MASON COUNTY — What represents Mason County? It’s Revolutionary War past? The Bridge of Honor? Farming? The Ohio and Kanawha rivers?
That question is relative to who you ask, and the Mason County Commission is asking citizens for the answer. The commission is requesting residents use their creativity to come up with what will be the county’s seal. The winner will receive a $100 prize and be a part of the county’s history. Deadline for entry is 4 p.m., Feb. 21, and the winner will be announced at the commission meeting at 4 p.m., March 7.
The United States has a seal as does the State of West Virginia — Mason County does not. It’s unknown if the county ever had a seal, but it hasn’t had one in at least 30 years. The U.S. seal has a bald eagle, among other items, and West Virginia’s state seal has a drawing of a farmer and miner with “Montani Semper Liberi” as its motto.
When it comes to Mason County’s seal, it must have the county and state name, date of origination (1804), along with being in color and be no larger than 8.5 inches by 11 inches. The seal may contain the shape of the county, any symbols of the county’s past or present culture, history or geography, or anything related to Mason County. Residents are encouraged to be creative within these basic guidelines and design a seal that represents their Mason County.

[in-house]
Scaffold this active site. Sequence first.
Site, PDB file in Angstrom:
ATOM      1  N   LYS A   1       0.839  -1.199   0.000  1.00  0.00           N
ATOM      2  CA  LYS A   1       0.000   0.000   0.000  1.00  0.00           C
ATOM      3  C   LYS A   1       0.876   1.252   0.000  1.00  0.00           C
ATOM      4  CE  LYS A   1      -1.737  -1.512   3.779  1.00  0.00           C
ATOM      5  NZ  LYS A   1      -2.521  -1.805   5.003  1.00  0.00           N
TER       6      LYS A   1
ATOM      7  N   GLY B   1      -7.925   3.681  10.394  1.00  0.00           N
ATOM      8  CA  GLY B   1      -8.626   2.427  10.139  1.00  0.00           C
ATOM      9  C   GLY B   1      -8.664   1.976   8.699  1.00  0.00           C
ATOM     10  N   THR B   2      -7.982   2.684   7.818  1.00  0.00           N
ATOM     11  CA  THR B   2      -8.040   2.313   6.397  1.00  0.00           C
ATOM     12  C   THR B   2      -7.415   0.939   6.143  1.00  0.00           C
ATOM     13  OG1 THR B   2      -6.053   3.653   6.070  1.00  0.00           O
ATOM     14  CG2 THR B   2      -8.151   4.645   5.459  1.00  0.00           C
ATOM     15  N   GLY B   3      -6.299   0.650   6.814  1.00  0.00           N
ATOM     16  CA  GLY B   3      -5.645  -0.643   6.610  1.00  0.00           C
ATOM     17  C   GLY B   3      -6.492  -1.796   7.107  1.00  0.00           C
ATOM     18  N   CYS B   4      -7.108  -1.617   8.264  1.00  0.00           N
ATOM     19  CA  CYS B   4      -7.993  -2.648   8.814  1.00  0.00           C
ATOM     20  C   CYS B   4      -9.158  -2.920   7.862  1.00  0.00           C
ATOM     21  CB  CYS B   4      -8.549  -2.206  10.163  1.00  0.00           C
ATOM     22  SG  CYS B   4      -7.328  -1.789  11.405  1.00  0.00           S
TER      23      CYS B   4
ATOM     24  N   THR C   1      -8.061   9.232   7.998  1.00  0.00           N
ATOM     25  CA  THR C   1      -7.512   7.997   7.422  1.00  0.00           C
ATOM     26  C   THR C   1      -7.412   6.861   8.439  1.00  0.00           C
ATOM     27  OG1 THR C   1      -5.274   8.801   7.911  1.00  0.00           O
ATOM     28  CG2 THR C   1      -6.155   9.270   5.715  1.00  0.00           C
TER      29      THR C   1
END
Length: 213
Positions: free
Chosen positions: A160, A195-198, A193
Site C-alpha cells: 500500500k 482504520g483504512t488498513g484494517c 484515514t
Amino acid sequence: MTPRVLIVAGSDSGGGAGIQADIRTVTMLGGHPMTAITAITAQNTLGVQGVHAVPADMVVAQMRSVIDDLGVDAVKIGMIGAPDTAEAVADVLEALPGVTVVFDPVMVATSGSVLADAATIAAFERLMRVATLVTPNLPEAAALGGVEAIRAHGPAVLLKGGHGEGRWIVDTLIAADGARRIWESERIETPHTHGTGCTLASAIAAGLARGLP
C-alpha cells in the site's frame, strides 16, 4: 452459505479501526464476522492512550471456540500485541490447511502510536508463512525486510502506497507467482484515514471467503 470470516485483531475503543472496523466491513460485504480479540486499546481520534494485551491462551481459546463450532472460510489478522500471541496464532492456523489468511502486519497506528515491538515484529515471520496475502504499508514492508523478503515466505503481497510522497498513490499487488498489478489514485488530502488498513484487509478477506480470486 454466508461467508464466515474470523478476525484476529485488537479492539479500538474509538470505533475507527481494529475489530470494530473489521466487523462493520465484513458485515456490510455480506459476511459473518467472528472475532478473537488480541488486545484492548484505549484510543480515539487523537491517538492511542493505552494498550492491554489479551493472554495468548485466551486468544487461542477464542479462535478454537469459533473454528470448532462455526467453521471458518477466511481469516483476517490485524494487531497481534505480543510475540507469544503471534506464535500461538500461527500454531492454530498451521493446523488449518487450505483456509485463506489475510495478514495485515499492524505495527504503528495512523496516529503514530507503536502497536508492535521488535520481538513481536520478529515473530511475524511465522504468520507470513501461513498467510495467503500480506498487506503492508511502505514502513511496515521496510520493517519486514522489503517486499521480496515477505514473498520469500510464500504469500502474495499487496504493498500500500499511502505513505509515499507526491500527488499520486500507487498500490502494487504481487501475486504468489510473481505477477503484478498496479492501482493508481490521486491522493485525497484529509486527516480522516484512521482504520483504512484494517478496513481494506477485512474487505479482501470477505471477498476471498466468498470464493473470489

The “Create a Mason County Seal” contest has a submission deadline of 4 p.m., Feb. 21, and entries can be submitted to any county commissioner, the Mason County Clerk’s Office or the Mason County Commission Office at the Mason County Courthouse. Entries can also be mailed to County Seal Contest, Mason County Commission, 200 6th St., Point Pleasant, WV, 25550.
Applicants should place their names on the back of the submission for the sake of fairness when being judged. Judges will include Commissioners Handley, Miles Epling and Tracy Doolittle, County Clerk Diana Cromley and County Administrator John Gerlach.
Handley recently made contact with art teachers in all three county high schools, as well as at the Mason County Career Center, with the hope of getting young people involved in the project. However, Handley stressed the contest is open to all residents of any age.
The winning seal will hang in the commission room and will be displayed at the next meeting of the West Virginia Association of Counties in March.
“This person will be a part of Mason County’s history,” Handley said of the artist whose work will be chosen.